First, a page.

in the main street of Beulah
Small wheatbelt town
Today Beulah is a tiny town of 320 people,
located 382 km north west of Melbourne on the
Henty Highway. It is hard to imagine that there
was a time (around the turn of the century) when
the Beulah district produced 125,000 bags of
wheat each year and the local wool clip was
worth £25,000. This was a time when the local
general store, Cust & Sons, was huge and
prosperous, Gillespie & Co had a flour mill and
Franklin's Hotel was an elegant building.
The townsite stands on what was once Brim
sheep station. When the area was opened up for
closer settlement many selectors came from the
Wimmera district, including the McKenzies who
took up land just north of the present townsite
in 1882. Devout Presbyterians, they named the
township after a place-name in the Bible (Isaiah
The McKenzie land was subdivided in 1890, a
survey conducted and the town was officially
proclaimed in 1891. That year the local school
had a population of 50. The railway line was
extended from Warracknabeal in 1893 to the
benefit of local graziers. The following year,
the first edition of the Beulah Record and
Mallee Advocate was published.
Today there is little to see in Beulah but it
is worth visiting because time has stood still.
The shops in the main street, although many are
closed, are from another era and the sleepiness
is a reminder of what happens when the reasons
for a town's existence are slowly leached away.
Things to see:
The Ties That Bind
There is no doubt about it. The folks at Beulah
love their town. Ever since Walkabout drove
through the town and came to the conclusion that
it was dying there have been a number of locals
who wish to disagree with us. That is part of
the process. These are people who love the town
and care about the town. Draw your own
conclusion. We know that locals are often right.
Certainly they deserve to tell the world how
they feel about their tiny settlement.
As a result of this correspondence, Walkabout
has given some thought to the matter and revised
its opinion about the town 'dying', as, although
it has suffered attrition due to structural
changes, it seems apparent that an intense and
spirited sense of community will ensure the
survival of Beulah into the immediate future.
A local comments:
Hannah Coffey came across this entry and was a
little sad about what we had written. She wrote
an email which deserves to be included:
"I have just accessed the above site and read
your rundown on Beulah, Victoria. I was most
upset at what you had perceived as vital
information - that the town is from another era,
that it is dying. I grew up in Beulah, and only
moved away when I was 18. I do agree with you
that the town is not as large, bustling or
populated as what it was once purported to be.
However to say that it is dying really casts a
shadow over the life, the vitality and the
general feeling of the town and most
importantly, the very lively inhabitants. At
present, there are more young people living in
town and on the surrounding farms than people
say there have been in 20 years. The football,
cricket, netball and tennis teams are all always
near the top of their prospective ladders,
which, as you can imagine, is paramount in such
a small town. The pub is packed on a Saturday
night and there is always some activity, club or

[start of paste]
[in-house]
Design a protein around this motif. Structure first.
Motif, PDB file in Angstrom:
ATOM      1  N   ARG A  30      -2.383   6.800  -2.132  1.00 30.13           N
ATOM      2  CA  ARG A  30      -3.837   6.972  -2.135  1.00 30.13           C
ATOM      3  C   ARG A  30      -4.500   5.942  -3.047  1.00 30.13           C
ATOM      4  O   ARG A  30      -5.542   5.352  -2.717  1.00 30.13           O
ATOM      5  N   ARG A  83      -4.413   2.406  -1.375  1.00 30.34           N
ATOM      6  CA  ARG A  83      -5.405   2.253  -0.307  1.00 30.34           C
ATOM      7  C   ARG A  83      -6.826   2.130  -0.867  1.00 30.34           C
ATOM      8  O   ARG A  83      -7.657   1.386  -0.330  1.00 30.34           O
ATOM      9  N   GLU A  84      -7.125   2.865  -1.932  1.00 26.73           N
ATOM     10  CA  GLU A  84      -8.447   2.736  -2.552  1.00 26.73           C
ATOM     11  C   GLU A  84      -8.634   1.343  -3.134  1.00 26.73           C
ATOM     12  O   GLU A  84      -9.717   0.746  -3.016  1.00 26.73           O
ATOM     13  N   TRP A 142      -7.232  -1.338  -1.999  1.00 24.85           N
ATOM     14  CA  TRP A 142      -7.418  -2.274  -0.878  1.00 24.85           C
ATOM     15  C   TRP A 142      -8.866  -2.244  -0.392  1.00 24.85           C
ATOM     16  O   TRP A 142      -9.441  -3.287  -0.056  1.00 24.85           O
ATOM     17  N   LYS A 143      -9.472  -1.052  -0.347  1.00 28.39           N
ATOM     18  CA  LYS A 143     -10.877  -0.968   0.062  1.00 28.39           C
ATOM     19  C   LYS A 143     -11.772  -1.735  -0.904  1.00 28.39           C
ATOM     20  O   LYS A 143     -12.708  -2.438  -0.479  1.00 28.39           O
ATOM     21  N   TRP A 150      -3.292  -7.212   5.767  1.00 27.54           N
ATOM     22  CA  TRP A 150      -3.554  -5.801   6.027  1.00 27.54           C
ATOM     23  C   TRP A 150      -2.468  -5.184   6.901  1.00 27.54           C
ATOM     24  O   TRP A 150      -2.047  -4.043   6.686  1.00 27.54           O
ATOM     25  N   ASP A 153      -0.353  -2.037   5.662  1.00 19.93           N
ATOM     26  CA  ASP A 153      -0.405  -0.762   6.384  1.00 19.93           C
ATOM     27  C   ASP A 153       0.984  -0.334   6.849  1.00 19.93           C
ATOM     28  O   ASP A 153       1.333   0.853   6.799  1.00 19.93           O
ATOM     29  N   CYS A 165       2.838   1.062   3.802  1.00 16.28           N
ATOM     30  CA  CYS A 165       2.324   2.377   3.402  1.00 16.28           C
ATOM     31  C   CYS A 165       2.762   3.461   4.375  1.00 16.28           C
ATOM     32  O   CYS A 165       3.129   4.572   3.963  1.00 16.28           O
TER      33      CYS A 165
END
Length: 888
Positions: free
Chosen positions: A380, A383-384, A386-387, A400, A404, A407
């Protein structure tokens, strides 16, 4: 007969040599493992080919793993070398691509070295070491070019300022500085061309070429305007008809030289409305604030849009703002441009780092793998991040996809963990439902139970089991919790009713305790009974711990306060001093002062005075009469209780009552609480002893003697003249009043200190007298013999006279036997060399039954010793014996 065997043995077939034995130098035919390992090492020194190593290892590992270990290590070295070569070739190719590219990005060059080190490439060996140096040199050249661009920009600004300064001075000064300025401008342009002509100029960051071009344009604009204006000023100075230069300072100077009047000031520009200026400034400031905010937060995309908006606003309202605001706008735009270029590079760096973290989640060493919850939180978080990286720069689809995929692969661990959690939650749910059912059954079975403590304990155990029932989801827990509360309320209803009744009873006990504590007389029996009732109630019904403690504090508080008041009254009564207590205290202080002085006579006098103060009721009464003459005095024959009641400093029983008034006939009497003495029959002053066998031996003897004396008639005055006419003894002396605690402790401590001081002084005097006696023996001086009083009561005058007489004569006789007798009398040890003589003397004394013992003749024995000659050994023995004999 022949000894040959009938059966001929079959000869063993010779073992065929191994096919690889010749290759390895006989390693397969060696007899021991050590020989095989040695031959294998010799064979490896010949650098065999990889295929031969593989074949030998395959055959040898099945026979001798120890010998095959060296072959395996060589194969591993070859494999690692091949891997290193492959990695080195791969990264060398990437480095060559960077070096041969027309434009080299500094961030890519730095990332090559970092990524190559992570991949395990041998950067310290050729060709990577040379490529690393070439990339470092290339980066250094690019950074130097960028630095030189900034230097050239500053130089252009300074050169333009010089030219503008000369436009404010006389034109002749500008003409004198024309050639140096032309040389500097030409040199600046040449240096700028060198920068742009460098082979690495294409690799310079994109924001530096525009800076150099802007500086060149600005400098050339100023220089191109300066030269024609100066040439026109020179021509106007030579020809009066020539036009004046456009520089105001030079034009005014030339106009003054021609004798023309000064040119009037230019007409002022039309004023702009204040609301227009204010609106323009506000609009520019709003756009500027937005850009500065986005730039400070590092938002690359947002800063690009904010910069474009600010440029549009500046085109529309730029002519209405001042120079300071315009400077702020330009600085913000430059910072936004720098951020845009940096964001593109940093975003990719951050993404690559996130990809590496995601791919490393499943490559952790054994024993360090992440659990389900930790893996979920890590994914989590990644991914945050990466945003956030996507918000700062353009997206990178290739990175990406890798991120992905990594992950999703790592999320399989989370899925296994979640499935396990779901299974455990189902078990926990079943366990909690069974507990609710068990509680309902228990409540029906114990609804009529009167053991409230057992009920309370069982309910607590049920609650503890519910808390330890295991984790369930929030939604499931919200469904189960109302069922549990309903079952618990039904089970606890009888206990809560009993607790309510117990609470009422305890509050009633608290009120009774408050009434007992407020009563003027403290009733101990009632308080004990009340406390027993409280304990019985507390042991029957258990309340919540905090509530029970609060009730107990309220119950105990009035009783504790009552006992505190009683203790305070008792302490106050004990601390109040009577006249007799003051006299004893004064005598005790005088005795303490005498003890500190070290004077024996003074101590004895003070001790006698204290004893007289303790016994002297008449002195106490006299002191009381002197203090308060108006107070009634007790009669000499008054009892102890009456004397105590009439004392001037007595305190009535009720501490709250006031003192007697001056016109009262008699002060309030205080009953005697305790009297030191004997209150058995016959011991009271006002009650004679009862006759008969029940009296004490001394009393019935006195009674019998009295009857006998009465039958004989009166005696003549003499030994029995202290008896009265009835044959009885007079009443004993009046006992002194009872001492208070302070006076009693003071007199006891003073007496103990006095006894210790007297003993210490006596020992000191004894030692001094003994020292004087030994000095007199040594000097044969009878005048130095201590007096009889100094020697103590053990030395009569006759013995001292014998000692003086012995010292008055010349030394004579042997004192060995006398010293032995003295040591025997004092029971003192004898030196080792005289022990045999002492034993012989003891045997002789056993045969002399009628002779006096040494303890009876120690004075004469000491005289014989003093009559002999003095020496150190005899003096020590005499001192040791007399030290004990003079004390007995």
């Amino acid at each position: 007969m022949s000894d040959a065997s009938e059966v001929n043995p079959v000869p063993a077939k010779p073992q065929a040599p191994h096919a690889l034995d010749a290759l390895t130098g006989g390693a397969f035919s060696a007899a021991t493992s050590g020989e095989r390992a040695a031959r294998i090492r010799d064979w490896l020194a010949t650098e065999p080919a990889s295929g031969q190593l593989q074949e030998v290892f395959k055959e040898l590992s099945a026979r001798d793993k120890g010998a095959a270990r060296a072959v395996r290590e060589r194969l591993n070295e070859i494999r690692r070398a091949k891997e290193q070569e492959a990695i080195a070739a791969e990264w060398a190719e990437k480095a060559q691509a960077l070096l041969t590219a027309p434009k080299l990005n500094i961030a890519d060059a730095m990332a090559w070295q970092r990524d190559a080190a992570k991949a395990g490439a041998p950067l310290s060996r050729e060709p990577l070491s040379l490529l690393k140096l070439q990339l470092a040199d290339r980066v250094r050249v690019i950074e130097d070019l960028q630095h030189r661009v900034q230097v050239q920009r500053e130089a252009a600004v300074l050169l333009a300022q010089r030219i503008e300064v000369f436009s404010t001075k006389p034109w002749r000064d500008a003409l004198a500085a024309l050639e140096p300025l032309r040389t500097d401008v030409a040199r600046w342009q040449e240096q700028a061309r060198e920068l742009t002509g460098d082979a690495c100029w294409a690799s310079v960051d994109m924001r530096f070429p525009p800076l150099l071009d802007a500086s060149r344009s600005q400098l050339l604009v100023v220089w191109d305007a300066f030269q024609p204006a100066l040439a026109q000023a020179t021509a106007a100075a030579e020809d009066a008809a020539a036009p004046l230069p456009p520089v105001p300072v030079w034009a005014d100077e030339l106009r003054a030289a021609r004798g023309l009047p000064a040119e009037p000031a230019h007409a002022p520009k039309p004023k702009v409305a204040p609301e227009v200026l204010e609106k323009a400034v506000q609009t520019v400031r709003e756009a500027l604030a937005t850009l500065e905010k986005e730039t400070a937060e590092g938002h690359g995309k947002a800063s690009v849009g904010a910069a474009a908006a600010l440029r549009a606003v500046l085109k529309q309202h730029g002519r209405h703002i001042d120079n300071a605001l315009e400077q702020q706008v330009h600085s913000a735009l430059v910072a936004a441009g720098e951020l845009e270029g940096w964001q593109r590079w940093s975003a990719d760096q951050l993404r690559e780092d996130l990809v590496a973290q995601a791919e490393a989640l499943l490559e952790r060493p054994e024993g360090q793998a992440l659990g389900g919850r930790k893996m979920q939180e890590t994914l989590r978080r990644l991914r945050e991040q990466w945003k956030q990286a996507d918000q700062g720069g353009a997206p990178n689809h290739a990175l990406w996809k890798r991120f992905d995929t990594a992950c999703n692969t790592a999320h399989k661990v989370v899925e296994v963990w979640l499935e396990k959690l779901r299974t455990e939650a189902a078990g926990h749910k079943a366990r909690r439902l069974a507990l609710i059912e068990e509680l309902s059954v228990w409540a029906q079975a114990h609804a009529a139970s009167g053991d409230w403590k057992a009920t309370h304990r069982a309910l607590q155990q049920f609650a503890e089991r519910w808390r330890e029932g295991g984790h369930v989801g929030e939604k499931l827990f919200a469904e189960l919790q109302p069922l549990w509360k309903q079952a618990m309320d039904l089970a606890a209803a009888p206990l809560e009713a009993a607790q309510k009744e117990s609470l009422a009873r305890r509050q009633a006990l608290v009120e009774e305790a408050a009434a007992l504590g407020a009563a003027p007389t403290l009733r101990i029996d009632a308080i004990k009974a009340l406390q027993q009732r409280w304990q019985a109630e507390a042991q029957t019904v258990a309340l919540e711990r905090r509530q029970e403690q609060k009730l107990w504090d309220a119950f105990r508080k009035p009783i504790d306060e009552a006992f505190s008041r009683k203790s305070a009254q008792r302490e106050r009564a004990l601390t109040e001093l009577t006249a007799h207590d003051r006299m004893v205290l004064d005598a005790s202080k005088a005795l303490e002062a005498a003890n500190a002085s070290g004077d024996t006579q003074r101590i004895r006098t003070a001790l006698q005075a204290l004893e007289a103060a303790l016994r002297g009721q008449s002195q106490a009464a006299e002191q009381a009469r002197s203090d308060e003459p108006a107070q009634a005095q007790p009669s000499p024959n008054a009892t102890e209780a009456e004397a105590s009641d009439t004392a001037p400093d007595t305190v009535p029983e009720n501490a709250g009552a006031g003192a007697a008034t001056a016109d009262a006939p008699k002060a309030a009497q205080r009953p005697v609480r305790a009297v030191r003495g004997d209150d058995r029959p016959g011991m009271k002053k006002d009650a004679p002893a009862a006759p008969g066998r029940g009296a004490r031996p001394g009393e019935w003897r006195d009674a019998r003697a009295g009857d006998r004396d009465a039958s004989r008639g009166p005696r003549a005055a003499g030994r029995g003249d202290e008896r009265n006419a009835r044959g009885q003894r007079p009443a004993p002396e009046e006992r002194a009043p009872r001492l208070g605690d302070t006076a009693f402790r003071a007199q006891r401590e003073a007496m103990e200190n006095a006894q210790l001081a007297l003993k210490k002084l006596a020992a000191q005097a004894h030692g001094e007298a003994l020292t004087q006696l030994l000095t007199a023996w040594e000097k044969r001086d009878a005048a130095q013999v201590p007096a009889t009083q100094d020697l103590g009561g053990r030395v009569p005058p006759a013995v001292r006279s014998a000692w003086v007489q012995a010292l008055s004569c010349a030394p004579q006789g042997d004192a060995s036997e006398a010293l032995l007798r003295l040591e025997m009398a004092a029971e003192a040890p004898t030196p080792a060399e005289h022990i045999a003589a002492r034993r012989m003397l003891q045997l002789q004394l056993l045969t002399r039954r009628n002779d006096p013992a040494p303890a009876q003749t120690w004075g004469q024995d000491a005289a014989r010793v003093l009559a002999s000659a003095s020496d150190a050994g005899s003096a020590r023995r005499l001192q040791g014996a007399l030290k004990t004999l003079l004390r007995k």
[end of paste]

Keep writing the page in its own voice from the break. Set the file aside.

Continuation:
mischief to join in on.
I know that I am defensive because it is my
home town, but I was most upset by the way you
peceived Beulah. I would like to suggest that
next time you are there, or in any other small
town, you head down to the local pub at night,
or even just take a walk down the main street
and actually converse with some of the town's
characters. They'll give you a lot of reasons to
believe that the town is alive and well and will
hopefully change your rather obvious opinion.
And may I just add that we are right up with
the current economic trends - Beulah is not
dying, it is just downsizing.
We at Walkabout love Beulah. Let's hope
someone reads this in 100 years time.
And another one
Like Hannah Coffey I was rather saddened to see
your perspective on a much loved town such as
Beulah. Unlike most of the small towns in the
area, Beulah is one which I would definitely say
is not dying.
Just recently we have enjoyed a number of
premierships in different sporting capacities
and our Bowls side has just been to the
Victorian Pennant Bowls final - to get there
they had to beat all sides from a large area,
which includes such larger towns as Horsham and
In our football club we are one of the few
small towns who still stand alone without
needing to join forces with neighbouring towns
and many of the young men who play there choose
to return to Beulah to play footy and be part of
the wonderful social and sporting culture that
is unique to Beulah.
Not only are our sporting clubs continually
enjoying much success in our region, unlike most
towns of similar size, Beulah has one of the
youngest populations with many young people
choosing to stay in the area to raise their
Our primary school may only have an average
of 50 students, but there are many towns in the
region that do not have their own school,
particularly not one of the quality of Beulah.
Travellers to Beulah would find Beulah Pub to
have a great welcoming atmosphere with no
shortage of people or entertainment - and the
best counter-meals around!
Yes, it may seem as though I am defending a
town because it is where I am from, but I am
very proud of the fact that I am from Beulah and
I am sure any resident who saw the web-site
would feel as strongly as both Hannah and myself
because it truly is a unique and wonderful place
to either visit or live.
Whilst I no longer live there, I do travel 4
hours back each weekend to play netball purely
because of how enjoyable it is to be a part of a
town like Beulah.
Just as a footnote, one of the "closed-down
shops" shown actually moved to larger premises
due to the need to expand the business - a ghost
town I think not!